Friday is The Fashion Police's designated day to clean-out the holding cells and decide which of their inmates should be allowed to walk free in time for the weekend, and which need to be detained for longer: possibly even for life.
It's a big task, and that's why we're calling upon our readers to help us do it. Take a look at the suspects below, and tell us: are they crimes of fashion, or are they innocent of all charges?
Suspect # 1 | Animal face t-shirts by Mountain at ASOS
If you're going to wear a giant face on your torso (and the oddness of that sentence should be a clue as to how strange that could potentially look...) you have to pay a lot of attention to detail. They say God is in the details, but Fashion Crimes are in the details, too. For instance, you may look at these shirts and see a cute little rodent and an adorable orangutan. But look closer. The hamster is totally groping the model's crotch, isn't he? The varmint! As for the orangutan, well, he may look sweet, but honestly, we couldn't tell you, because at first glance we thought the model had a mouth-like hole for bellybutton, and now that's all we can see. Also: bear in mind that models are usually quite tall. On someone shorter, that mouth will be at crotch level. Think about that for a second. And with that thought still burned into your brain, let's move on...
Suspect # 2: The dress-that-isn't-a-dress
This is a £563 designer dress by Stella McCartney.
No, you weren't expecting that, were you? Because it looks suspiciously like the kind of thing you might find on a market stall, or coming out of the sleaziest nightclub in town at 4am on a Friday night. Clever old Stella, finding a way to make an expensive dress look cheap: and making an already short dress look EVEN SHORTER. This definitely wouldn't pass The Finger Tip Test, and we feel like we're seeing almost as much of this model as her gynaecologist does, so once again, we move on to...
Suspect # 3 | Pelmet leggings
So, leggings have pelmets now. And honestly: we spend so much time wishing designers would invent jeans that fit in the waist AND in the leg (WHY IS IT SO HARD?) and instead THIS is what they spend their time on? SERIOUSLY. The pelmet on these leggings is not to be confused with the peplum we've been seeing on tops and dresses recently. This isn't like that. This is more like the pelmets you'd find on the gingham curtains at a cutesy country cottage somewhere. That means these fail the "could it pass as curtains" test. More importantly, though, it means these won't really work with a longline top, so the "pelmet" will help facilitate the wearing of the leggings as pants. That's automatic disqualification in our book, but if you want to jump to this items defence, feel free.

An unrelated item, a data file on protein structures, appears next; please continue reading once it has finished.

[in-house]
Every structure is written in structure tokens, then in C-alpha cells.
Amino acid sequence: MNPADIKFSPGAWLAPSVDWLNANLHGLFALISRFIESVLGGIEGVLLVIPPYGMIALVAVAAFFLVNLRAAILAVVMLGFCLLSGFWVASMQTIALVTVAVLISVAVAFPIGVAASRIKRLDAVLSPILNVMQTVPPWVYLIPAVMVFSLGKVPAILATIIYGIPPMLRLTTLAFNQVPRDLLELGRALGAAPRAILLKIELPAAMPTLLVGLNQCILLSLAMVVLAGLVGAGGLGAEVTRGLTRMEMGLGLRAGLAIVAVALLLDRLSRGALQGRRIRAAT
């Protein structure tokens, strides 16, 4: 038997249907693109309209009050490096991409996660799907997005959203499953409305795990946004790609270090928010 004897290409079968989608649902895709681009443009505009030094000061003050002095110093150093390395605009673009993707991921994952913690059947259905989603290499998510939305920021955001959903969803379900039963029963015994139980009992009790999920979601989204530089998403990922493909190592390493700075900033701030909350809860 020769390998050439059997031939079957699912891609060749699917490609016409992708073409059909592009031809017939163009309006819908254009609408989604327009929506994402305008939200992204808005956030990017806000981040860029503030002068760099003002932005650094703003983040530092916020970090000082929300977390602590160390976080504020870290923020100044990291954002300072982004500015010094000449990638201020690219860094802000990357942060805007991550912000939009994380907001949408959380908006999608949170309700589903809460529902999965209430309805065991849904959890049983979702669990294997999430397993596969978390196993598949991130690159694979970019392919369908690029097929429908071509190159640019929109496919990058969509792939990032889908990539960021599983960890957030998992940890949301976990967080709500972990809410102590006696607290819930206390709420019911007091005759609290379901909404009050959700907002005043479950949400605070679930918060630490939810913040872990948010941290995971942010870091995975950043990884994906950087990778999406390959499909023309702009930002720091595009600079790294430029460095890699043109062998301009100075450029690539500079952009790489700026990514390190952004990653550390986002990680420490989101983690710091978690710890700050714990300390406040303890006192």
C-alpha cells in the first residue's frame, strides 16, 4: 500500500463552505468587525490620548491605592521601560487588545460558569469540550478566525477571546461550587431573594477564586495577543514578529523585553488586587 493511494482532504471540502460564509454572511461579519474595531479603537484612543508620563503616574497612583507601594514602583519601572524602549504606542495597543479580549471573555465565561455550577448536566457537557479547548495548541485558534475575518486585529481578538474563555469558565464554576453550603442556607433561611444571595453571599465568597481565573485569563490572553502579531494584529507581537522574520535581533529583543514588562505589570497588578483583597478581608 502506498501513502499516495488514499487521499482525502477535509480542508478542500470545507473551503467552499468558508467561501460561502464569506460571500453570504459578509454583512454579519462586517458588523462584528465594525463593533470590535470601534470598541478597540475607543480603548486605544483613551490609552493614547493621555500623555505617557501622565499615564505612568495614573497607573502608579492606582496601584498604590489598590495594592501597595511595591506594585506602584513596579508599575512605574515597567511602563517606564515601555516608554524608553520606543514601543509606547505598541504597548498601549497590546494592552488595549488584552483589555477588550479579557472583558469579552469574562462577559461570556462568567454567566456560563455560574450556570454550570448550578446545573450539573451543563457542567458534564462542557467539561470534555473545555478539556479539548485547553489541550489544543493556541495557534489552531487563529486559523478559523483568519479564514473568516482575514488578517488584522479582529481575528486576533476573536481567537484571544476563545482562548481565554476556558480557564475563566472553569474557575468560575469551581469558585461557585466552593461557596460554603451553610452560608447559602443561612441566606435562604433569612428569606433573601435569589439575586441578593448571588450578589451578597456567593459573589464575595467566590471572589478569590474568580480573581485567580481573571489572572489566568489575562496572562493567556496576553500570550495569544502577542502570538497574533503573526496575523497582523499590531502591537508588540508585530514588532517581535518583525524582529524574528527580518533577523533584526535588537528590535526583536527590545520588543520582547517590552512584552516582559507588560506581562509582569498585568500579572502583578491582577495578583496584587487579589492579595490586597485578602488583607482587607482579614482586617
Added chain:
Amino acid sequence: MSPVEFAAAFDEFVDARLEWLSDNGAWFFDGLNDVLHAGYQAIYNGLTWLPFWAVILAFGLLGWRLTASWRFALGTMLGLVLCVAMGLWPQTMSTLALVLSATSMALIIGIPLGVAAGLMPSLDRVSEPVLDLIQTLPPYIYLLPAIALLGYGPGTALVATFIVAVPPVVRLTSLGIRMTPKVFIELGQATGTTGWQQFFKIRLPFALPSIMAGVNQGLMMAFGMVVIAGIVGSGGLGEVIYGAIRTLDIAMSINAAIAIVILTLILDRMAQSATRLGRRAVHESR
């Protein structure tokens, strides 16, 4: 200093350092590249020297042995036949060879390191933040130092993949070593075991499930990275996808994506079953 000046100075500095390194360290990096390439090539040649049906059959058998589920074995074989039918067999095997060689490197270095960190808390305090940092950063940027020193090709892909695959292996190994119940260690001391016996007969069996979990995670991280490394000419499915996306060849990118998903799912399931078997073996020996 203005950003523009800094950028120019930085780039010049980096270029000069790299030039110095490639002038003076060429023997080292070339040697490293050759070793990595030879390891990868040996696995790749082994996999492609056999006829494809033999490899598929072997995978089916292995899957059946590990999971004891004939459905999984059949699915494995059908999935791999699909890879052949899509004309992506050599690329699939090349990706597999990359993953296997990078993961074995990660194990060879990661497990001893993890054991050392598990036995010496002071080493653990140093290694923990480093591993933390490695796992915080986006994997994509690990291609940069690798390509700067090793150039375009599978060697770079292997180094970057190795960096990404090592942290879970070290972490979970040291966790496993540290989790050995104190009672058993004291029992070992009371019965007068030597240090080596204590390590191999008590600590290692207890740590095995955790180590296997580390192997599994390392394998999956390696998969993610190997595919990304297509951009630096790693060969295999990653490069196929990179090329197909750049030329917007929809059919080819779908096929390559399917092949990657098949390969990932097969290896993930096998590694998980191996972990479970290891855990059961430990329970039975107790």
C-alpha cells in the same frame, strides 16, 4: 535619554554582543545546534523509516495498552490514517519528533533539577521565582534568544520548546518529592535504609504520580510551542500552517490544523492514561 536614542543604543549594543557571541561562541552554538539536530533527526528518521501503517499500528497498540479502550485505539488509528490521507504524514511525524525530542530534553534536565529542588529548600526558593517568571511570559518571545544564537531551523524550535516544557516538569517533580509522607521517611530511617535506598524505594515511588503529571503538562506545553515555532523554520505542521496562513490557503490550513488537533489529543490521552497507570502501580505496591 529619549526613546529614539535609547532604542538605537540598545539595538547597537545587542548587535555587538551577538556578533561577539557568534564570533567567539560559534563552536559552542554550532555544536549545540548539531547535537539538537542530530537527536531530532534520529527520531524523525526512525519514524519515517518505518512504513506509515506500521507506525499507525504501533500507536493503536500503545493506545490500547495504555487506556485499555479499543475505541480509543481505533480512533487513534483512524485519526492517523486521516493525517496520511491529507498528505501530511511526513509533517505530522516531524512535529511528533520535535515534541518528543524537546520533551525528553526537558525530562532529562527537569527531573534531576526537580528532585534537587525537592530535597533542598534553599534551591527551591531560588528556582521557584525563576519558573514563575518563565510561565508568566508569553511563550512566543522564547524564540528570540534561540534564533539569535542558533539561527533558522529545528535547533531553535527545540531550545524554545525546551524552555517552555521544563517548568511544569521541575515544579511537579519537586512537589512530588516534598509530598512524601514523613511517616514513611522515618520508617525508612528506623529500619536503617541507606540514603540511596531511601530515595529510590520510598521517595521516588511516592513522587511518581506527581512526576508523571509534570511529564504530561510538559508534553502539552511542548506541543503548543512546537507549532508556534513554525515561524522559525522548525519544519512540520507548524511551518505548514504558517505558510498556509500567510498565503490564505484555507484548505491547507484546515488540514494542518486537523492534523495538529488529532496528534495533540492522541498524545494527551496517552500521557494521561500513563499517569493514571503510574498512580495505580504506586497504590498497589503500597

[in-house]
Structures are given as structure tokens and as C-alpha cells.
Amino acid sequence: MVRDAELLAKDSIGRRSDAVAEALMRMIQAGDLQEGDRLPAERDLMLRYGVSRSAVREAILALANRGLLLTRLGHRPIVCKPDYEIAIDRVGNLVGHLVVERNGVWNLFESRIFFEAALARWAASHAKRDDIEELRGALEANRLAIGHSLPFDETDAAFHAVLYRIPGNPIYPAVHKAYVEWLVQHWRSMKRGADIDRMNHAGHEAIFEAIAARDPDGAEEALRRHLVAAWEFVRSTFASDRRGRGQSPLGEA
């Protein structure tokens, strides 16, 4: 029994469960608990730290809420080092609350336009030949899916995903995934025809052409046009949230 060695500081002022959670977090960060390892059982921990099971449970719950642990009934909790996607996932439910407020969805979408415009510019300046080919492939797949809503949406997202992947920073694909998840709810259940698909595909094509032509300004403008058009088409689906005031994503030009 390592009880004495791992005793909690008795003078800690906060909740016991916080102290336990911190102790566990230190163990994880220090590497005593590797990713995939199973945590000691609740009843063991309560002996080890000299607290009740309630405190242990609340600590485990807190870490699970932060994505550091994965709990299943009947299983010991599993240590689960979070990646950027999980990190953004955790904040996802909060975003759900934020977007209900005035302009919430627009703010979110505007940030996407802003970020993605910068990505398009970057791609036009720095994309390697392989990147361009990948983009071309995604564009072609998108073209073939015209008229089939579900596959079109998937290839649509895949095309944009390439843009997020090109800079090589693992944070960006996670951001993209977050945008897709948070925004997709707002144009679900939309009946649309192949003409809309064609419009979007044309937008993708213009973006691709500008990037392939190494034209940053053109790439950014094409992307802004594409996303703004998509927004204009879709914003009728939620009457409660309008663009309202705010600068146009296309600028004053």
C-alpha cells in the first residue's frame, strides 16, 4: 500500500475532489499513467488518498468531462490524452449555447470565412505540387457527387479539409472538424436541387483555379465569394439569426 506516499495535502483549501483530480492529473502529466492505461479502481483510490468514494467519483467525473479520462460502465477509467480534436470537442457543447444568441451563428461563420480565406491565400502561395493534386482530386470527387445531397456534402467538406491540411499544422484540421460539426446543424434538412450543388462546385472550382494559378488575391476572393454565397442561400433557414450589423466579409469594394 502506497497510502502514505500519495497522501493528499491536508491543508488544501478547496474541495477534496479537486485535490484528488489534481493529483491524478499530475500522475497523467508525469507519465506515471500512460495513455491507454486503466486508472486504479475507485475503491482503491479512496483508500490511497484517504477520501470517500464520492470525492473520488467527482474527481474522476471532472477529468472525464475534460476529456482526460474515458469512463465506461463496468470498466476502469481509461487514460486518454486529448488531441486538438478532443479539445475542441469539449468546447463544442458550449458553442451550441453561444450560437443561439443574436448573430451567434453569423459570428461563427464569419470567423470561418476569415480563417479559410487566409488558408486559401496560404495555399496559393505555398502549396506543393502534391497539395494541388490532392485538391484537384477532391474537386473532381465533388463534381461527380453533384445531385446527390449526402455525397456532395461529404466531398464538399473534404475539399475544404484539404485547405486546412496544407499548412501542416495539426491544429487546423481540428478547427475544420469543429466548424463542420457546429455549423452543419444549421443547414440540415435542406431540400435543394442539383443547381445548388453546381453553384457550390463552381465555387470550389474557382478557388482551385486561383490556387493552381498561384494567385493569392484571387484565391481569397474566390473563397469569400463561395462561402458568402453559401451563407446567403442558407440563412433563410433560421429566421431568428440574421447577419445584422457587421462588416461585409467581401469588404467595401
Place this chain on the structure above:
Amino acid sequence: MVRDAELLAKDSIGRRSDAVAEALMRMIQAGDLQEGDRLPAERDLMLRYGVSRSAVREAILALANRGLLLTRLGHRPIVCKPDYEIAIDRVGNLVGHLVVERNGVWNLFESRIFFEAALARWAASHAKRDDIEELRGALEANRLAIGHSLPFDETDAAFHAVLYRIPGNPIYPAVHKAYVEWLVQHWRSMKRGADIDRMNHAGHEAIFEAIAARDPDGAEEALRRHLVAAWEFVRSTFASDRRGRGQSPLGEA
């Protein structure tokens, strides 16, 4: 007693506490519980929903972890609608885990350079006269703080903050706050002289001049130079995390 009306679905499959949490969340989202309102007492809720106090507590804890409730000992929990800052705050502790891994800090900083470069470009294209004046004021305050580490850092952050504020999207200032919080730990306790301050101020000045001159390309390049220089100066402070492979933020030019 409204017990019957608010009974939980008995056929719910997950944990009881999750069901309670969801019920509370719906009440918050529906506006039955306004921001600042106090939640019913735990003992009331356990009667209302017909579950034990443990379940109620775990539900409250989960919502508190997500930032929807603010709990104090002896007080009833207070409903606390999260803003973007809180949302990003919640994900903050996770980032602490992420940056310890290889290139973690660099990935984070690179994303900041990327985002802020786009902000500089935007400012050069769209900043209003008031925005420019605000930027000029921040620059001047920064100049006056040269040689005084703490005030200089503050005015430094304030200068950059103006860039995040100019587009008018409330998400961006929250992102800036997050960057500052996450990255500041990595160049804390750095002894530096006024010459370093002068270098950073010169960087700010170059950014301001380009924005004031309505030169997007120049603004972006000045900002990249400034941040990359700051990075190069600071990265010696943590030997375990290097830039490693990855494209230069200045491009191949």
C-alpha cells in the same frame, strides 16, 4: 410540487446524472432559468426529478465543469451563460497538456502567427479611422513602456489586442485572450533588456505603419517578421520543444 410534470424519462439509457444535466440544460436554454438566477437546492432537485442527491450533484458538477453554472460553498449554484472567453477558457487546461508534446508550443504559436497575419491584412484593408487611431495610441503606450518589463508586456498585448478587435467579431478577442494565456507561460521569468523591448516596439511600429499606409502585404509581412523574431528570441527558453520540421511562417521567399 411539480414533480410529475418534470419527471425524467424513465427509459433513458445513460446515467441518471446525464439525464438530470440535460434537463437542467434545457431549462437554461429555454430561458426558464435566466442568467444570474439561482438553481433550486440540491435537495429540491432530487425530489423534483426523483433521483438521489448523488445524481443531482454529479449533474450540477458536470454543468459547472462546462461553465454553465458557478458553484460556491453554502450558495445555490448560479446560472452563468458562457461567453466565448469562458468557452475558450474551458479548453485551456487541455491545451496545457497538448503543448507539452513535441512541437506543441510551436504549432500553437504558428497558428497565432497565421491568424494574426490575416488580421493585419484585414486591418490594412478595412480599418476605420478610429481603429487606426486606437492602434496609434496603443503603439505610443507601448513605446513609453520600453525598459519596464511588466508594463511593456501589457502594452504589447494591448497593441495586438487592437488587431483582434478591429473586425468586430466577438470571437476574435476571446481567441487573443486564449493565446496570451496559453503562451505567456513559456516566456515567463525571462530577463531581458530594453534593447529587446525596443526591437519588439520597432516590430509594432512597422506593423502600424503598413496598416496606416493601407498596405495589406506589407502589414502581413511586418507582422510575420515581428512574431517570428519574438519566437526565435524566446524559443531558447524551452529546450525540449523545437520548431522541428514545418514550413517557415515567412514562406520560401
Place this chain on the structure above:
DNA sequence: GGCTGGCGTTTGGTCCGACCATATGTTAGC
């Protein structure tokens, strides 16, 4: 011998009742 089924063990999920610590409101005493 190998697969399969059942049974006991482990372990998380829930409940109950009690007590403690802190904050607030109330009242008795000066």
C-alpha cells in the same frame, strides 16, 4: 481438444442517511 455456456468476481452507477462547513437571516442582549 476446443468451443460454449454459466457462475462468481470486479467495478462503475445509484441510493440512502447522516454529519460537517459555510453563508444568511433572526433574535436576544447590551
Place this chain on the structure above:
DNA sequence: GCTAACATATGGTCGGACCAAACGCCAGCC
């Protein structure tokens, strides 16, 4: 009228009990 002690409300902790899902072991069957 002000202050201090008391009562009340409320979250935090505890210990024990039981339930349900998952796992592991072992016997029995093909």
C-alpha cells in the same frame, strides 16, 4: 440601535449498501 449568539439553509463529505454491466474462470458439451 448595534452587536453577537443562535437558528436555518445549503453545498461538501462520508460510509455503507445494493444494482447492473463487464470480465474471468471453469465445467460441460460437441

Meanwhile, if you're just bored with this post now, and want something else to read, may we present...
Suspect #4: This skirt
It's inspired by Beethoven's My Immortal Beloved. Well, we mean, OBVIOUSLY. D'uh! In it's defence, it'll be a real conversation starter. The reason we arrested it, however, is that the conversation will revolve solely around you spending the entire evening (or whenever you wear it) repeatedly answering the question, "What does your skirt say?" from people who've just been staring intently at your crotch. Which is ONE way to spend an evening for sure. It wouldn't necessarily be our first choice, mind you, because you know those days when you wear something which people find "unusual" - shoes with a flower on the front, say - (Yes, we know that's not exactly "unusual" to us, but try wearing anything other than sneakers in a small town in Scotland, and see where that gets you...) and ALL DAY LONG you have people coming up to you and going, "Oooh, your shoes have flowers on them!" as if you couldn't possibly have noticed that for yourself? It'll be like that. Except, as we say, the people in question will be speaking to your crotch.